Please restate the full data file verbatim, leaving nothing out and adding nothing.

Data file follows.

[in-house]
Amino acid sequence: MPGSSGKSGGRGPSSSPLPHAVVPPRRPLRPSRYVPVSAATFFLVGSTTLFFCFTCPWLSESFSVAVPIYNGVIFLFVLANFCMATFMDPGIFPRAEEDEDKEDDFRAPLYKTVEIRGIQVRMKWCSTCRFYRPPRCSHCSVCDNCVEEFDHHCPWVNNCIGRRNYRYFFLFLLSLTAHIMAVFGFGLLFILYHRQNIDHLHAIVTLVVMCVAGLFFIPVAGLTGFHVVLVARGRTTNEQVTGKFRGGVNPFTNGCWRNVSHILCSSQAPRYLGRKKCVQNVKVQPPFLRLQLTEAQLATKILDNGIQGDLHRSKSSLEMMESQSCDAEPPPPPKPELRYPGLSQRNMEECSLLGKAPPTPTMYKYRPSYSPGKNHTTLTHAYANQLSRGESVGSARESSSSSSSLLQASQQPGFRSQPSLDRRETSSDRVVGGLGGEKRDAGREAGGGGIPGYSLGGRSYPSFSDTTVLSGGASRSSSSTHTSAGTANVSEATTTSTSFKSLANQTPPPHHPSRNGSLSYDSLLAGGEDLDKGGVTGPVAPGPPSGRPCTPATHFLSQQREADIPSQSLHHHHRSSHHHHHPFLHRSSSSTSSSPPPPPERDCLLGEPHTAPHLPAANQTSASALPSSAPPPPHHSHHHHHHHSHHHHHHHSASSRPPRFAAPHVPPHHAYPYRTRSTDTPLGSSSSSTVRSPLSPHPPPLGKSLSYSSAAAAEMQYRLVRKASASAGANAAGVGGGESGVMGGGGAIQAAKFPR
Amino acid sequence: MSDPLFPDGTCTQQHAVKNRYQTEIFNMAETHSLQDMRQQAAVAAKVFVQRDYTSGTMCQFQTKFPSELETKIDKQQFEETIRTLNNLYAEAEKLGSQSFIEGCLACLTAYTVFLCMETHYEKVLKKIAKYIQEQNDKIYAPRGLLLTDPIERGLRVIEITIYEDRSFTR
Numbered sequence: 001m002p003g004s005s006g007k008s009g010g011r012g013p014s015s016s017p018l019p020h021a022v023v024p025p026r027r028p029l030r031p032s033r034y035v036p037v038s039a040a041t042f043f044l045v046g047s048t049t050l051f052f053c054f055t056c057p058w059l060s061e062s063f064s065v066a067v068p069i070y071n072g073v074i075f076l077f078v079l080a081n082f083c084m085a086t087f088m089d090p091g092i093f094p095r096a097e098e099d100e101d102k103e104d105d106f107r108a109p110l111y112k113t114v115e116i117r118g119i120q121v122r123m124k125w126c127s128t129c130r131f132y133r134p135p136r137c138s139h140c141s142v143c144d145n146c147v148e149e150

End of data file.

[in-house]
Amino acid sequence: MPGSSGKSGGRGPSSSPLPHAVVPPRRPLRPSRYVPVSAATFFLVGSTTLFFCFTCPWLSESFSVAVPIYNGVIFLFVLANFCMATFMDPGIFPRAEEDEDKEDDFRAPLYKTVEIRGIQVRMKWCSTCRFYRPPRCSHCSVCDNCVEEFDHHCPWVNNCIGRRNYRYFFLFLLSLTAHIMAVFGFGLLFILYHRQNIDHLHAIVTLVVMCVAGLFFIPVAGLTGFHVVLVARGRTTNEQVTGKFRGGVNPFTNGCWRNVSHILCSSQAPRYLGRKKCVQNVKVQPPFLRLQLTEAQLATKILDNGIQGDLHRSKSSLEMMESQSCDAEPPPPPKPELRYPGLSQRNMEECSLLGKAPPTPTMYKYRPSYSPGKNHTTLTHAYANQLSRGESVGSARESSSSSSSLLQASQQPGFRSQPSLDRRETSSDRVVGGLGGEKRDAGREAGGGGIPGYSLGGRSYPSFSDTTVLSGGASRSSSSTHTSAGTANVSEATTTSTSFKSLANQTPPPHHPSRNGSLSYDSLLAGGEDLDKGGVTGPVAPGPPSGRPCTPATHFLSQQREADIPSQSLHHHHRSSHHHHHPFLHRSSSSTSSSPPPPPERDCLLGEPHTAPHLPAANQTSASALPSSAPPPPHHSHHHHHHHSHHHHHHHSASSRPPRFAAPHVPPHHAYPYRTRSTDTPLGSSSSSTVRSPLSPHPPPLGKSLSYSSAAAAEMQYRLVRKASASAGANAAGVGGGESGVMGGGGAIQAAKFPR
Amino acid sequence: MSDPLFPDGTCTQQHAVKNRYQTEIFNMAETHSLQDMRQQAAVAAKVFVQRDYTSGTMCQFQTKFPSELETKIDKQQFEETIRTLNNLYAEAEKLGSQSFIEGCLACLTAYTVFLCMETHYEKVLKKIAKYIQEQNDKIYAPRGLLLTDPIERGLRVIEITIYEDRSFTR
Numbered sequence: 001m002p003g004s005s006g007k008s009g010g011r012g013p014s015s016s017p018l019p020h021a022v023v024p025p026r027r028p029l030r031p032s033r034y035v036p037v038s039a040a041t042f043f044l045v046g047s048t049t050l051f052f053c054f055t056c057p058w059l060s061e062s063f064s065v066a067v068p069i070y071n072g073v074i075f076l077f078v079l080a081n082f083c084m085a086t087f088m089d090p091g092i093f094p095r096a097e098e099d100e101d102k103e104d105d106f107r108a109p110l111y112k113t114v115e116i117r118g119i120q121v122r123m124k125w126c127s128t129c130r131f132y133r134p135p136r137c138s139h140c141s142v143c144d145n146c147v148e149e150